It occurred to me recently that I’ve neglected to mention one very important aspect of publishing Scar: the cover. Part of what got me thinking about this was going through the self-published books on Smashwords, goodreads.com and other sites, and seeing some truly awful covers.

Forget the old cliche about not judging a book by its cover; that’s what the cover is there for. How do you make your book stand out when it’s surrounded by thousands of others, whether on a physical bookstore shelf or online? Your cover is your first chance to get people interested in your book, and if it doesn’t do that, it doesn’t matter if you wrote the best novel in human history; no one will ever know, because no one will ever get past that boring/hideous/offensive cover.

For the self-publisher, the cover of your book needs to do three things:

1)      Grab the (potential) reader’s attention and make them want to know more.

2)      Convey in an instant what kind of book this is, so that you know you’re engaging with the right kind of reader, ie. people who actually read the type of book you’ve written.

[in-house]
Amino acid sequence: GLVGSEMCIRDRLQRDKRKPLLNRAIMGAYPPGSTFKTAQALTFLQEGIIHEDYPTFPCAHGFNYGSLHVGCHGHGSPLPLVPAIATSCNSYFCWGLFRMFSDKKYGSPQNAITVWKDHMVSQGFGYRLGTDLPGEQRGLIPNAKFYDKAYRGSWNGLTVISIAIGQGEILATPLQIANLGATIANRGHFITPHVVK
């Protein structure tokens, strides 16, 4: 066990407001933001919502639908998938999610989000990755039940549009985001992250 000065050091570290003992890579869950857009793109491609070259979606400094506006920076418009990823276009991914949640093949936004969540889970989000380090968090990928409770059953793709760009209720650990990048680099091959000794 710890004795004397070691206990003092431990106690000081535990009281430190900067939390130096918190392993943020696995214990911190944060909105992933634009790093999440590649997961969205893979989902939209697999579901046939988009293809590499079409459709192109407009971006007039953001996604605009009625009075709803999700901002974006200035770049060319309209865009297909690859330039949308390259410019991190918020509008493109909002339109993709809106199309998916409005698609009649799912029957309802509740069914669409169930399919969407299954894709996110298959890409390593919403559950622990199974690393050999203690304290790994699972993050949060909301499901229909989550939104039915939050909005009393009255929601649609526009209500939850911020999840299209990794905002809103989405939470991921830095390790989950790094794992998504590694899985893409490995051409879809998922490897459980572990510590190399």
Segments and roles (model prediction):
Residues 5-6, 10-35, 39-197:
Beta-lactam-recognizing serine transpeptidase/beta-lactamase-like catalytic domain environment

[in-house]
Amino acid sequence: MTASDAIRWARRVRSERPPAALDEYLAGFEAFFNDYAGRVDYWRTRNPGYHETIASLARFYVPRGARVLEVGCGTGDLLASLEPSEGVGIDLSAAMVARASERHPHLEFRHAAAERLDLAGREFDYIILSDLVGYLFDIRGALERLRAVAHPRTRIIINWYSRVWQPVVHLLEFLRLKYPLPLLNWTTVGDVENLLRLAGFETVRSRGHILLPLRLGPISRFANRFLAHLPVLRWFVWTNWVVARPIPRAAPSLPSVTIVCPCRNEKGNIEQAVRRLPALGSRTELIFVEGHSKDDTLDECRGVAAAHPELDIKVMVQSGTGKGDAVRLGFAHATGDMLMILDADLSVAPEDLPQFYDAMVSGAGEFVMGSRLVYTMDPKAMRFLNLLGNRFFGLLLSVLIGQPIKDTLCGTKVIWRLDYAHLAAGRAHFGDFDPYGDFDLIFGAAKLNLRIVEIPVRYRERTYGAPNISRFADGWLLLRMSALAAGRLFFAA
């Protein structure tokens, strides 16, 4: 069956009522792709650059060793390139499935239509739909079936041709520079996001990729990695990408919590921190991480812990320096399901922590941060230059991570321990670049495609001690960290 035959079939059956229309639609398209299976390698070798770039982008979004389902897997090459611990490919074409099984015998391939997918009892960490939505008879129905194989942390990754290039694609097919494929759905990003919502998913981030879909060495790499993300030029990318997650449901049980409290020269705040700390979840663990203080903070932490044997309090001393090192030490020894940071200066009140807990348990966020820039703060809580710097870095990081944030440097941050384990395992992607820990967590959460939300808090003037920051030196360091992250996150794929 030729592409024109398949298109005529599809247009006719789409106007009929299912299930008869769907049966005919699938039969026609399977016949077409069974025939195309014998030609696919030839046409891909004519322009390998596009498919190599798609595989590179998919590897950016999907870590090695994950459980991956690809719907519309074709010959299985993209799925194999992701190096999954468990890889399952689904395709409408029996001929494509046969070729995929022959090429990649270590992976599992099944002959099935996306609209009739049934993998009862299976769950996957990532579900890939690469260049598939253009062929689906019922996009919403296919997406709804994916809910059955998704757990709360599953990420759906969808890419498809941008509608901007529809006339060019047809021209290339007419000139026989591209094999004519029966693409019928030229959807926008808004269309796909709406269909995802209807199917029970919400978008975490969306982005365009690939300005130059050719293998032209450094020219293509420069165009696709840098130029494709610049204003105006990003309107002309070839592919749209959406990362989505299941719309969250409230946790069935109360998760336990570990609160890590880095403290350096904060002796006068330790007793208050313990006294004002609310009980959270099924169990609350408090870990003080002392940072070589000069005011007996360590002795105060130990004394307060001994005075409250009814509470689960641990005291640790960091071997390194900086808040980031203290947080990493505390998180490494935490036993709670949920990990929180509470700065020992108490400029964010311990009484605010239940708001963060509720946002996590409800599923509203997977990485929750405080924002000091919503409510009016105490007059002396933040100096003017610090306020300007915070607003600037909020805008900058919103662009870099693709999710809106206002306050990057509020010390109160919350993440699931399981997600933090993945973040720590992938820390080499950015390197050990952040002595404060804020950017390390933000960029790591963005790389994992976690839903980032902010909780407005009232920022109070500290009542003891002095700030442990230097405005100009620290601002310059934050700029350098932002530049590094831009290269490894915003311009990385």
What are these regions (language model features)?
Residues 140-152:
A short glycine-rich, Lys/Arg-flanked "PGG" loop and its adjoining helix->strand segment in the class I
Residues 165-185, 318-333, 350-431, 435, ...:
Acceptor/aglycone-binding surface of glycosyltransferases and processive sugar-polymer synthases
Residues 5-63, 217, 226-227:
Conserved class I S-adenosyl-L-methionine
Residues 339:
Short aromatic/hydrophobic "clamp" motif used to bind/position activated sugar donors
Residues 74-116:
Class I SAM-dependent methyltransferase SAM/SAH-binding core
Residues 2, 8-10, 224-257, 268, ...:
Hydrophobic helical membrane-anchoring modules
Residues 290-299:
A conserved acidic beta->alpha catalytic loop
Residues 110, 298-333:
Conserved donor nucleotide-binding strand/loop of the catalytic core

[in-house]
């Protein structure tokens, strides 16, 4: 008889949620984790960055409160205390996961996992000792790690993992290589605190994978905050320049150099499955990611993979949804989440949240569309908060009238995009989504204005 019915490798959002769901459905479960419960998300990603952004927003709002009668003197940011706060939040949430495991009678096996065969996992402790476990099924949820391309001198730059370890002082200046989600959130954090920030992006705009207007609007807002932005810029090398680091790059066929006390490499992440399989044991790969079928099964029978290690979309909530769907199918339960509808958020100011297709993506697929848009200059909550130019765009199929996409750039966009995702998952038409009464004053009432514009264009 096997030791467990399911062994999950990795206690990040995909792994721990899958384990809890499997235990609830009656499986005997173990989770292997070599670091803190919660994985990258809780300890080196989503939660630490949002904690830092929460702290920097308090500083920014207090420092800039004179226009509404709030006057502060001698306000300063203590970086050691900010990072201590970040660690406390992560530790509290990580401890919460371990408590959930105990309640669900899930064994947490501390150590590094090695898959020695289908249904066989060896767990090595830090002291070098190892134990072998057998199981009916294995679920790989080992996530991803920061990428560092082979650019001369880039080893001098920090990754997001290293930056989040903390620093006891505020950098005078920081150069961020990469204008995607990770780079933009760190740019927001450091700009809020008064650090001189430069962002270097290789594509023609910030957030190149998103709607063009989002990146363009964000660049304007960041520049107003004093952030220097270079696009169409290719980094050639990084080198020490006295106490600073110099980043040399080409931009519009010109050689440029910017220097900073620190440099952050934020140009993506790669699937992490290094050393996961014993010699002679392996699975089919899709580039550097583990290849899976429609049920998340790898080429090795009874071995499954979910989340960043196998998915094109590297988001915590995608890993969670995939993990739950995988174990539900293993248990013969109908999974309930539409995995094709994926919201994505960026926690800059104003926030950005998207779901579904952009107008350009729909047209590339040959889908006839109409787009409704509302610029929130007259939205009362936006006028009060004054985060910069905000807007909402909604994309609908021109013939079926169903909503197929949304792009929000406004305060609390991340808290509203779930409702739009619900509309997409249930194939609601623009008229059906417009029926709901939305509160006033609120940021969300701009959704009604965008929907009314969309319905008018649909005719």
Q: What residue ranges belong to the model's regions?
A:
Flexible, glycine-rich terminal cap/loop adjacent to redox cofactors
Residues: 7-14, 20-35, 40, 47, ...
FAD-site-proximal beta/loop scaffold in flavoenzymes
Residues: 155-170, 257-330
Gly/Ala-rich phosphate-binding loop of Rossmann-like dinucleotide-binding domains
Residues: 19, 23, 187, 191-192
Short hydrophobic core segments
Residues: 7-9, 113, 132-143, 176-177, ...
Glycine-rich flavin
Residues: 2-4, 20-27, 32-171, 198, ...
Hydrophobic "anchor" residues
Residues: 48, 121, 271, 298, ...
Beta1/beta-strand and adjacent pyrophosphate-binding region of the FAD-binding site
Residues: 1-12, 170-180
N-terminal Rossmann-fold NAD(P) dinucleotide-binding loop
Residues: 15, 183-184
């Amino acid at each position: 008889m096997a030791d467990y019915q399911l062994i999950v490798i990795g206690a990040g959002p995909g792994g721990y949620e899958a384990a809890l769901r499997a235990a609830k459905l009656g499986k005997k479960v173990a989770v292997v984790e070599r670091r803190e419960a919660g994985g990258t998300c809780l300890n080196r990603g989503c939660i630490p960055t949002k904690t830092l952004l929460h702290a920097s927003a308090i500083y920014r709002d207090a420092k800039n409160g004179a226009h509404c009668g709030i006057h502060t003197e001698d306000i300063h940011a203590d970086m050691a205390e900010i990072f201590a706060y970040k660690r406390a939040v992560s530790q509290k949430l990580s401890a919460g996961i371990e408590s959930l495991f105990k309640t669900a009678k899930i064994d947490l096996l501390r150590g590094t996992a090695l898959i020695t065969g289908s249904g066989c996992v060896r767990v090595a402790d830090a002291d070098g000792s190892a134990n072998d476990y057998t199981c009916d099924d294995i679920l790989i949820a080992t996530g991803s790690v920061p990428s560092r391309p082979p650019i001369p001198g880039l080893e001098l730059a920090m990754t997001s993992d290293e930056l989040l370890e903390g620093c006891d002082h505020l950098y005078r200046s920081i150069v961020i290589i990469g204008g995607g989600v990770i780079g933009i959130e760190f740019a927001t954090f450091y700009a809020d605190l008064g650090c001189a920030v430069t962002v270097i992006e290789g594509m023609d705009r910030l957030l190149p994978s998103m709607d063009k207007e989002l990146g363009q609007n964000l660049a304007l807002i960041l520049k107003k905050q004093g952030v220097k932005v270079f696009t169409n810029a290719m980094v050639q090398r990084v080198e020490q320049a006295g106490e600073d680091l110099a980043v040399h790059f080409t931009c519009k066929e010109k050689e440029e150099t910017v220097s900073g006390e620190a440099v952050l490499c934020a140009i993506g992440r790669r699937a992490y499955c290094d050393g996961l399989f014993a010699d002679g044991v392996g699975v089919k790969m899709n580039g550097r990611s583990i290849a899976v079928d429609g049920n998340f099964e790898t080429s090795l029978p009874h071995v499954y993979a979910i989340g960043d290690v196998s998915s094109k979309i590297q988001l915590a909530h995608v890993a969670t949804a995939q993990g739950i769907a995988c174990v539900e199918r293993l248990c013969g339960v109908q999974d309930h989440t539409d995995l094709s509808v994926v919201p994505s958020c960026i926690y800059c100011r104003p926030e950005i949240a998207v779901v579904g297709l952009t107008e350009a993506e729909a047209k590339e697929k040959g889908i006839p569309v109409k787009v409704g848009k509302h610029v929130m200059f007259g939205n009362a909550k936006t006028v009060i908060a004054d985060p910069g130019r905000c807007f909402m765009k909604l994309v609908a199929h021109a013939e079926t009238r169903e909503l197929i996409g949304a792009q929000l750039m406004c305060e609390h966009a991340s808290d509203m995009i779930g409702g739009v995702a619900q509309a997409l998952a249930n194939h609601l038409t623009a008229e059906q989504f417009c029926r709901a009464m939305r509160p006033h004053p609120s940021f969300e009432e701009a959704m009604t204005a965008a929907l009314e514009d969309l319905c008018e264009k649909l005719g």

3)      Make your book look as professional and high quality as any other book out there.

The first two points are just as important for a major publisher as they are for anyone else, and big publishers will spend thousands on getting the covers of their books right. You don’t need to do that, but you do need to be aware of the tricks and techniques the big guys use, so you can steal borrow them.

Step 1: Grab the reader’s attention

Which of these looks more interesting?

I’ll admit that “Database Issues…” isn’t helped by its subject matter, but the cover for “The Sisters Brothers” draws your eye towards it. It has bright, bold, primary colours; red, in particular, always attracts attention. It has interesting fonts. It has both human figures and what looks like a face, two things we are evolutionarily conditioned to notice and look for, as anyone who doubts Jesus’ appearance in a piece of toast will tell you. One of these books makes you interested to know more, and the other doesn’t, unless you’re really curious about geographic information systems.